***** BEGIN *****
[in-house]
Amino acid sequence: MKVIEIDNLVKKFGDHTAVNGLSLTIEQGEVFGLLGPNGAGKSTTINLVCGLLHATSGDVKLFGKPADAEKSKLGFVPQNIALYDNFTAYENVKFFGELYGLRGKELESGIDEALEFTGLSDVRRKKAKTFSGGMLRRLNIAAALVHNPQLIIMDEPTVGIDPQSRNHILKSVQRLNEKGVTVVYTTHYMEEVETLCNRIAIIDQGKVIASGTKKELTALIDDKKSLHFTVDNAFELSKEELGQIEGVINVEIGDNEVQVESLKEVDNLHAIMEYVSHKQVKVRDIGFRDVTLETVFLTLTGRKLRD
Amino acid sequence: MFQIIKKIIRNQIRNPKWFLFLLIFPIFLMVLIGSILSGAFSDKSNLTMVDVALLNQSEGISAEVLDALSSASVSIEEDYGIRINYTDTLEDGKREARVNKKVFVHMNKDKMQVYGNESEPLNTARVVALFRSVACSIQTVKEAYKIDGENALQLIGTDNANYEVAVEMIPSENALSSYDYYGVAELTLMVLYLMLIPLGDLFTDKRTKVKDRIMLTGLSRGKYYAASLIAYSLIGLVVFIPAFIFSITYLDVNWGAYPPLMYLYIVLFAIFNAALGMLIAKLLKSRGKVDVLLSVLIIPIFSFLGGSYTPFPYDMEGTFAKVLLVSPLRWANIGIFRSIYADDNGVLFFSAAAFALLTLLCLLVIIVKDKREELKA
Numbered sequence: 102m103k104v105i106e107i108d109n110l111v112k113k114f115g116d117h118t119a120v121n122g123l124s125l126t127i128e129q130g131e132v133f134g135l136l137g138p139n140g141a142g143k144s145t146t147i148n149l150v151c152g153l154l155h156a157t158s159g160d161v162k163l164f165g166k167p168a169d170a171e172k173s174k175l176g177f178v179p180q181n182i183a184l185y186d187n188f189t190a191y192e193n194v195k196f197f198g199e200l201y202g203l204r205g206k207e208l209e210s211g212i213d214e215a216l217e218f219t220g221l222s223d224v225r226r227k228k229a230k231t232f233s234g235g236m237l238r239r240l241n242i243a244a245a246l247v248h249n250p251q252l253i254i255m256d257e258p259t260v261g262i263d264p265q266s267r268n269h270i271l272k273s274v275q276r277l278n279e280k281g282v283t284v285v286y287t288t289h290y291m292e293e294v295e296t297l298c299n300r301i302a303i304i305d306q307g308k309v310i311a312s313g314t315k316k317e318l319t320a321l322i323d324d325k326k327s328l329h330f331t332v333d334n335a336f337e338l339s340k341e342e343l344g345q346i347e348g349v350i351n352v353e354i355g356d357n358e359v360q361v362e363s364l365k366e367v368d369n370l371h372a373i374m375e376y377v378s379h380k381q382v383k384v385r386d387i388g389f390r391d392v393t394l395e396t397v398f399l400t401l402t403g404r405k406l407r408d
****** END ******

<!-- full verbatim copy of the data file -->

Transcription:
[in-house]
Amino acid sequence: MKVIEIDNLVKKFGDHTAVNGLSLTIEQGEVFGLLGPNGAGKSTTINLVCGLLHATSGDVKLFGKPADAEKSKLGFVPQNIALYDNFTAYENVKFFGELYGLRGKELESGIDEALEFTGLSDVRRKKAKTFSGGMLRRLNIAAALVHNPQLIIMDEPTVGIDPQSRNHILKSVQRLNEKGVTVVYTTHYMEEVETLCNRIAIIDQGKVIASGTKKELTALIDDKKSLHFTVDNAFELSKEELGQIEGVINVEIGDNEVQVESLKEVDNLHAIMEYVSHKQVKVRDIGFRDVTLETVFLTLTGRKLRD
Amino acid sequence: MFQIIKKIIRNQIRNPKWFLFLLIFPIFLMVLIGSILSGAFSDKSNLTMVDVALLNQSEGISAEVLDALSSASVSIEEDYGIRINYTDTLEDGKREARVNKKVFVHMNKDKMQVYGNESEPLNTARVVALFRSVACSIQTVKEAYKIDGENALQLIGTDNANYEVAVEMIPSENALSSYDYYGVAELTLMVLYLMLIPLGDLFTDKRTKVKDRIMLTGLSRGKYYAASLIAYSLIGLVVFIPAFIFSITYLDVNWGAYPPLMYLYIVLFAIFNAALGMLIAKLLKSRGKVDVLLSVLIIPIFSFLGGSYTPFPYDMEGTFAKVLLVSPLRWANIGIFRSIYADDNGVLFFSAAAFALLTLLCLLVIIVKDKREELKA
Numbered sequence: 102m103k104v105i106e107i108d109n110l111v112k113k114f115g116d117h118t119a120v121n122g123l124s125l126t127i128e129q130g131e132v133f134g135l136l137g138p139n140g141a142g143k144s145t146t147i148n149l150v151c152g153l154l155h156a157t158s159g160d161v162k163l164f165g166k167p168a169d170a171e172k173s174k175l176g177f178v179p180q181n182i183a184l185y186d187n188f189t190a191y192e193n194v195k196f197f198g199e200l201y202g203l204r205g206k207e208l209e210s211g212i213d214e215a216l217e218f219t220g221l222s223d224v225r226r227k228k229a230k231t232f233s234g235g236m237l238r239r240l241n242i243a244a245a246l247v248h249n250p251q252l253i254i255m256d257e258p259t260v261g262i263d264p265q266s267r268n269h270i271l272k273s274v275q276r277l278n279e280k281g282v283t284v285v286y287t288t289h290y291m292e293e294v295e296t297l298c299n300r301i302a303i304i305d306q307g308k309v310i311a312s313g314t315k316k317e318l319t320a321l322i323d324d325k326k327s328l329h330f331t332v333d334n335a336f337e338l339s340k341e342e343l344g345q346i347e348g349v350i351n352v353e354i355g356d357n358e359v360q361v362e363s364l365k366e367v368d369n370l371h372a373i374m375e376y377v378s379h380k381q382v383k384v385r386d387i388g389f390r391d392v393t394l395e396t397v398f399l400t401l402t403g404r405k406l407r408d